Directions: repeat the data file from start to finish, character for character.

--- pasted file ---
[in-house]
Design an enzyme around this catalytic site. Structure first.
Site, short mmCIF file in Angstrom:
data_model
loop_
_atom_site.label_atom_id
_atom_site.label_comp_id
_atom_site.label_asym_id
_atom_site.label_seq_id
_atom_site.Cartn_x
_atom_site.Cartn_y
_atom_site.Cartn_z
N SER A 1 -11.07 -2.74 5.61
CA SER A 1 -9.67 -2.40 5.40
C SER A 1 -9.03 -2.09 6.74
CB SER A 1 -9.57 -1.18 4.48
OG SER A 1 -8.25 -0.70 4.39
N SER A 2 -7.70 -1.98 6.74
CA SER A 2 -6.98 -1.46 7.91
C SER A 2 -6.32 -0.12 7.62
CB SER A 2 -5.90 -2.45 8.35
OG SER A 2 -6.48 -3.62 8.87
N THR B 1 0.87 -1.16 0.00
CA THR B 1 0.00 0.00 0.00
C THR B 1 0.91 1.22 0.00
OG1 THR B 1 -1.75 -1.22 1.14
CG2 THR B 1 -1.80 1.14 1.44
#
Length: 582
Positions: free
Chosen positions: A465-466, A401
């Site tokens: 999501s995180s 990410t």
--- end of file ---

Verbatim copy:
[in-house]
Design an enzyme around this catalytic site. Structure first.
Site, short mmCIF file in Angstrom:
data_model
loop_
_atom_site.label_atom_id
_atom_site.label_comp_id
_atom_site.label_asym_id
_atom_site.label_seq_id
_atom_site.Cartn_x
_atom_site.Cartn_y
_atom_site.Cartn_z
N SER A 1 -11.07 -2.74 5.61
CA SER A 1 -9.67 -2.40 5.40
C SER A 1 -9.03 -2.09 6.74
CB SER A 1 -9.57 -1.18 4.48
OG SER A 1 -8.25 -0.70 4.39
N SER A 2 -7.70 -1.98 6.74
CA SER A 2 -6.98 -1.46 7.91
C SER A 2 -6.32 -0.12 7.62
CB SER A 2 -5.90 -2.45 8.35
OG SER A 2 -6.48 -3.62 8.87
N THR B 1 0.87 -1.16 0.00
CA THR B 1 0.00 0.00 0.00
C THR B 1 0.91 1.22 0.00
OG1 THR B 1 -1.75 -1.22 1.14
CG2 THR B 1 -1.80 1.14 1.44
#
Length: 582
Positions: free
Chosen positions: A465-466, A401
């Site tokens: 999501s995180s 990410t």